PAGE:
Civics For Change: Digital Organizing

Like many things in today’s world, much of what we previously did in-person has become digitized, one of which is organizing for a cause or building a campaign online. Digital organizing is generally defined as using social media and other digital tools to mobilize people to take action. As young people, we have powerful tools for organizing and getting out the vote at our fingertips, so it’s important to know how to best use them. In this Civics For Change blog, we will examine a few of the main ways we utilize digital organizing. 

Social Media

With Instagram, Threads, X (formerly known as Twitter), Facebook, TikTok, and beyond, there are so many ways to share what we’ve got going on in our lives. Social media can also be a great way to amplify voices that are not typically heard or reach people who need to hear a particular message the most. When using social media, it is necessary to be aware of the ways in which misinformation appears in our feeds. Always check the source and its reputation when verifying information, especially surrounding voting and elections. For more on social media, check out our Instagram for examples of how we spread the word on a variety of messages, and read about a project by Skylar Mitchell, an Andrew Goodman Puffin Fellow: By Any Memes Necessary: Exploring the Relationship Between Social Media Imagery and Political Outcomes

my.VoteEverywhere Portals

My.VoteEverywhere portals are campus-specific web pages hosted by The Andrew Goodman Foundation (AGF) to help with everything from registering students to vote to answering questions about upcoming elections. Andrew Goodman Ambassadors can decide to customize the tools and information on each page and set up a unique URL. Each page includes tools and resources like buttons for registering to vote or requesting an absentee ballot, a portal to help students find their nearest polling place, providing dates and information on upcoming elections, and answering other frequently asked questions about voting. At the bottom of each page, the personnel of each Vote Everywhere Campus Team is listed for folks on campus to know who to get into contact with regarding civic engagement on campus! For more, see how the Ambassadors at Georgetown University took voter engagement online with my.VoteEverywhere


The Andrew Goodman Foundation uses SimpleTexting as our mass communication platform. This tool, which has been made available to the entire Andrew Goodman Vote Everywhere Network, is highly customizable. We have found that success is maximized when the messages come from those who are a part of the communities themselves, like our Andrew Goodman Ambassadors on campuses organizing both digitally and in-person. Ambassadors create a relevant, easy-to-remember keyword, like “GeauxVote” for LSU, write the texts, and encourage their peers to join their texting list for updates on upcoming elections and opportunities to become more civically engaged on campus. With so many of us using our phones for just about everything, texting can be an extremely effective tool for getting a short message out to a large audience. Be sure to check out our AGF Ambassador Texting Guide for more ways to best utilize this digital tool!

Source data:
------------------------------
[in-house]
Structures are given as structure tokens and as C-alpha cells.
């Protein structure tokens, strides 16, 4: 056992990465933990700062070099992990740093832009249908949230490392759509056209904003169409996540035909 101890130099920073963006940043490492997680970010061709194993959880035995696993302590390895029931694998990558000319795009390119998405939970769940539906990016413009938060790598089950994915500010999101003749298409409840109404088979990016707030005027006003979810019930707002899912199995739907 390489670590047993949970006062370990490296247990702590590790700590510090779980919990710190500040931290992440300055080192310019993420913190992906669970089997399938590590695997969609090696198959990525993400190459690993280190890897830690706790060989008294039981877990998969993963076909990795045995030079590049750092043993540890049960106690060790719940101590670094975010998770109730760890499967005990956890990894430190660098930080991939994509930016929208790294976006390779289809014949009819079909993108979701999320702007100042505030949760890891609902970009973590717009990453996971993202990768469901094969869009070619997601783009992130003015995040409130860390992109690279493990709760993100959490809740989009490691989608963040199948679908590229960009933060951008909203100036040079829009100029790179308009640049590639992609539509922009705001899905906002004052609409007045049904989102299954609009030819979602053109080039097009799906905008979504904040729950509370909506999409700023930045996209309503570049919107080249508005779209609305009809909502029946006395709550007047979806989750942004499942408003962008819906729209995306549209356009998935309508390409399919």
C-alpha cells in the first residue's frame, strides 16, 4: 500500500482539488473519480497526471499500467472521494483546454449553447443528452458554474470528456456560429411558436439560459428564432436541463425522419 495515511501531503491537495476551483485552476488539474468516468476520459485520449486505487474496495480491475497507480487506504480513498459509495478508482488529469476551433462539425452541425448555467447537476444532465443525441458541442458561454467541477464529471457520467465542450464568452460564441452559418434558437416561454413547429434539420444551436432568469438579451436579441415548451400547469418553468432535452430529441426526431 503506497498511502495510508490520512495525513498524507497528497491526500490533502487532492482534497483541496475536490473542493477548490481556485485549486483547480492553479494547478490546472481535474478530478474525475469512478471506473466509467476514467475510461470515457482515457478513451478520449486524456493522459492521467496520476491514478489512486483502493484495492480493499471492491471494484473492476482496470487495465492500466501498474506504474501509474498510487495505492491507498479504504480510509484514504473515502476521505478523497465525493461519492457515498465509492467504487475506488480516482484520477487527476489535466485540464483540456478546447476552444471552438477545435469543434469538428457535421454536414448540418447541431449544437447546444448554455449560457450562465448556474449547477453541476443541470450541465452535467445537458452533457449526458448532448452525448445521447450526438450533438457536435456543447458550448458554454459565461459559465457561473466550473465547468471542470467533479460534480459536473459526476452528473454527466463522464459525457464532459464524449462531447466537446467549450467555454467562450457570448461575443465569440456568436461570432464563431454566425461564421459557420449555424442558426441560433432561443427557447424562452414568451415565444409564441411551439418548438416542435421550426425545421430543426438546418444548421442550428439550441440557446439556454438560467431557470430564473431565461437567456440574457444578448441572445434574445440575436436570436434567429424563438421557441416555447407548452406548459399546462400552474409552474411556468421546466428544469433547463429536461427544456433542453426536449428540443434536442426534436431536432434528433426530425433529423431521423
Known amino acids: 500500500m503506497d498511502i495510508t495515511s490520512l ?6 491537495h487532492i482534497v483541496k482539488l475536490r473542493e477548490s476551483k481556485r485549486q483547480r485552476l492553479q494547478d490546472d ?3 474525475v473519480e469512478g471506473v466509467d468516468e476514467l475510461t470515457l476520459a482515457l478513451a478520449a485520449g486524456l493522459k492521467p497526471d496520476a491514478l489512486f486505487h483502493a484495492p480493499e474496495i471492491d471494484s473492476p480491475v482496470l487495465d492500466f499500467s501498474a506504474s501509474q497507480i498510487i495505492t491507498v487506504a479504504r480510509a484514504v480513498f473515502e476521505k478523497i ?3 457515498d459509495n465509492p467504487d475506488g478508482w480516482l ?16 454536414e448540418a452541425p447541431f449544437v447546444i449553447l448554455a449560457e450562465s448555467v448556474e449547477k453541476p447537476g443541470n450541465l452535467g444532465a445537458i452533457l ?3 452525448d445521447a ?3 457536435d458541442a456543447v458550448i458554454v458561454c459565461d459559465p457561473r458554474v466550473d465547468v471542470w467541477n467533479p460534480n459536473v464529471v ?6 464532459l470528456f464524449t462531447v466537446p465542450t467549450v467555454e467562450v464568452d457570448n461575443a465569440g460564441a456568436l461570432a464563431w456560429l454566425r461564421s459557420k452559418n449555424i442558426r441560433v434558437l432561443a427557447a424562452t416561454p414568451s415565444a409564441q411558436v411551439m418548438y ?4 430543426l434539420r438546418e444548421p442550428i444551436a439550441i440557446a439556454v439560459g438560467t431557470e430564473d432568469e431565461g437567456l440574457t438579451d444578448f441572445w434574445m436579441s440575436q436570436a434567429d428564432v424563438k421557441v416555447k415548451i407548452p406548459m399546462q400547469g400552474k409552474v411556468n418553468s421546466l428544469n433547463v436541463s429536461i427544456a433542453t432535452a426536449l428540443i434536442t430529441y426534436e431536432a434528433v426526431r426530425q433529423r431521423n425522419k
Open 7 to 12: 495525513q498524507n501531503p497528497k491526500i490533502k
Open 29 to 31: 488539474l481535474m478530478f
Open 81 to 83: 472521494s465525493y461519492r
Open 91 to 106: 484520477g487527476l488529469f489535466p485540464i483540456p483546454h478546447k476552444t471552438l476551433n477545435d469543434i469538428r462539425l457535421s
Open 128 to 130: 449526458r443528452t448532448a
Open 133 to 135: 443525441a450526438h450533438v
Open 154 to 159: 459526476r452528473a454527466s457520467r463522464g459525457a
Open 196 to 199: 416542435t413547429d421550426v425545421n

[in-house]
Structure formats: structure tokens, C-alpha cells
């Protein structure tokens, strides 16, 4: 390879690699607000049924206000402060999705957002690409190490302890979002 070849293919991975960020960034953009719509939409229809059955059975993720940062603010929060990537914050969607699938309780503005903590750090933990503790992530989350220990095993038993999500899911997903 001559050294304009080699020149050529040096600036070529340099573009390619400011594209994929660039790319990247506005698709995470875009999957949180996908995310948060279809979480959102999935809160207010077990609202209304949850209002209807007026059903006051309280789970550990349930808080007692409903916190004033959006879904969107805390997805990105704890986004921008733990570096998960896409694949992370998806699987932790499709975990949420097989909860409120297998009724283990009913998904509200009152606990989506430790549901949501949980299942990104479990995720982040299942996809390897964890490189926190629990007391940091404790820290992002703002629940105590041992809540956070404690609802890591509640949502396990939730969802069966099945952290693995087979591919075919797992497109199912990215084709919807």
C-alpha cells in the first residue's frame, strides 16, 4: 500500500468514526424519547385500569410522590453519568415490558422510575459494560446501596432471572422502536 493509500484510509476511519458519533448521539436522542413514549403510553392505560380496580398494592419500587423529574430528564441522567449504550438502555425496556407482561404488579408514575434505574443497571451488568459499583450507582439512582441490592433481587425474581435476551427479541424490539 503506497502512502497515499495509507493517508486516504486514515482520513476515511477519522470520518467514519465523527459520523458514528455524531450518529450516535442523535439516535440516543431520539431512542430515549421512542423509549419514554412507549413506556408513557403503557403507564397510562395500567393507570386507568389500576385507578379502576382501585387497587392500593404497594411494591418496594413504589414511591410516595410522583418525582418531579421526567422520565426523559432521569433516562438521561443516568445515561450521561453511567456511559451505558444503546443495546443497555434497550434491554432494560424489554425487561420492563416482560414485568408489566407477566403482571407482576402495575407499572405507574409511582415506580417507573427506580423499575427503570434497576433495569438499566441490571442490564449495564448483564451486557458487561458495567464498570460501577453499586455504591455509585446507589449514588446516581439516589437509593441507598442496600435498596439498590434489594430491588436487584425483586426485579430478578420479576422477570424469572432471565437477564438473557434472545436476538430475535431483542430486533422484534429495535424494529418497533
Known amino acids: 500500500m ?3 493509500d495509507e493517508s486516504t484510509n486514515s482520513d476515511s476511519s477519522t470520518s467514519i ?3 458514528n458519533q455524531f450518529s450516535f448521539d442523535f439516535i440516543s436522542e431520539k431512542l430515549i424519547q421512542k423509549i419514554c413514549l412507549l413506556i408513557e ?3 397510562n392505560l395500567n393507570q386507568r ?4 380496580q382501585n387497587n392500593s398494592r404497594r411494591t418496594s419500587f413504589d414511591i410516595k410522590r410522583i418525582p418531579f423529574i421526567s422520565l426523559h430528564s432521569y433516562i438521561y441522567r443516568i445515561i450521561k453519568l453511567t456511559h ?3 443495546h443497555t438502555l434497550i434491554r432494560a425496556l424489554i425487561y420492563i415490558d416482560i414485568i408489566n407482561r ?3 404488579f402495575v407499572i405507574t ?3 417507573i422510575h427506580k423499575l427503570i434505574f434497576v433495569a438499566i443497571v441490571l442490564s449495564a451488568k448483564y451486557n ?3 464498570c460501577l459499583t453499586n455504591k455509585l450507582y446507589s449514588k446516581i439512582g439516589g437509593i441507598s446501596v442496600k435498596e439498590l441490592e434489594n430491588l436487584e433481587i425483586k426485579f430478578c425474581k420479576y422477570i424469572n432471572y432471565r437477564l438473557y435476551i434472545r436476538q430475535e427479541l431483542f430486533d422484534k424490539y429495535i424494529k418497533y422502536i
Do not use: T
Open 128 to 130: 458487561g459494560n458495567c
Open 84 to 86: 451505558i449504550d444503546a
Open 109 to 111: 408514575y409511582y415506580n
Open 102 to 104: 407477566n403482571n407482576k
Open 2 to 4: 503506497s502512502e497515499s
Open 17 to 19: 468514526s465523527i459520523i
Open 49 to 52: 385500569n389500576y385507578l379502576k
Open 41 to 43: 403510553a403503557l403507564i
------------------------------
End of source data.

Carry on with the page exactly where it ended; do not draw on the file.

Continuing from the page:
Targeted Actions

We all know it can be a difficult task to keep up with everything that’s going on in our government. Using targeted actions is a great way to get the word out about pieces of legislation that may not receive a lot of media attention or to get the information in front of the people it will impact most if the legislation is, or is not, passed. As a national organization, AGF creates targeted actions only for federal legislation promoting voter education or breaking down barriers young people face in voting. We do this by providing a quick and easy way to contact your elected officials to share your voice on the matter at hand. AGF is currently supporting two pieces of federal legislation that would reduce many of the common barriers that voting people of all ages face: The Youth Voting Rights Act and The Freedom To Vote Act. Click the links to take action by contacting your elected officials and spread the word with your friends! 

Part of creating a strong coalition or movement is ensuring your communication and means of organizing are accessible and inclusive. Using digital tools to enhance your organizing to get out the vote or to advocate for or against something is a surefire way to include as many people as possible. 

“Digital tools are the megaphones of our time, amplifying our voices, expanding our reach, and connecting communities in the pursuit of democracy. Whether it’s mobilizing voters, advocating for change, or standing up against injustice, harnessing the power of technology is essential in our mission to make a difference. With every click, share, and message, we pave the way for a brighter future and a more engaged, informed, and empowered society.” – Mo Banks, Director of Communications at The Andrew Goodman Foundation

Our Resource Center is full of digital tools and resources like the Digital Organizing Toolkit, The Hitchhiker’s Guide To Building A Youth Poll Worker Project, podcasts, reports, blogs, guides for building campus action plans, and so much more! 


Mia Matthews is the Program and Communications Manager at The Andrew Goodman Foundation. In her position, she works with student leaders and in communications and storytelling surrounding their work. She lives in Boston, Massachusetts.